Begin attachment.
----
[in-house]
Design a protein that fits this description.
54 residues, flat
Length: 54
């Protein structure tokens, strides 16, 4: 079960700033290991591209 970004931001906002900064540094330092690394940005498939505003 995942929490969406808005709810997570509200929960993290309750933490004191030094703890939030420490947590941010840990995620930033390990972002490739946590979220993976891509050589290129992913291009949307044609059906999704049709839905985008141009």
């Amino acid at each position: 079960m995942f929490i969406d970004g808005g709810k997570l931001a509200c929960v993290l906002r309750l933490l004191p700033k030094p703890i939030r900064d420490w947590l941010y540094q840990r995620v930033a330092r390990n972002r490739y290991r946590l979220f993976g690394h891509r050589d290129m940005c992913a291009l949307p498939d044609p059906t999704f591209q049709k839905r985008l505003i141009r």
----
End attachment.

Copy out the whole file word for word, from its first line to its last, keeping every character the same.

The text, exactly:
[in-house]
Design a protein that fits this description.
54 residues, flat
Length: 54
């Protein structure tokens, strides 16, 4: 079960700033290991591209 970004931001906002900064540094330092690394940005498939505003 995942929490969406808005709810997570509200929960993290309750933490004191030094703890939030420490947590941010840990995620930033390990972002490739946590979220993976891509050589290129992913291009949307044609059906999704049709839905985008141009």
């Amino acid at each position: 079960m995942f929490i969406d970004g808005g709810k997570l931001a509200c929960v993290l906002r309750l933490l004191p700033k030094p703890i939030r900064d420490w947590l941010y540094q840990r995620v930033a330092r390990n972002r490739y290991r946590l979220f993976g690394h891509r050589d290129m940005c992913a291009l949307p498939d044609p059906t999704f591209q049709k839905r985008l505003i141009r």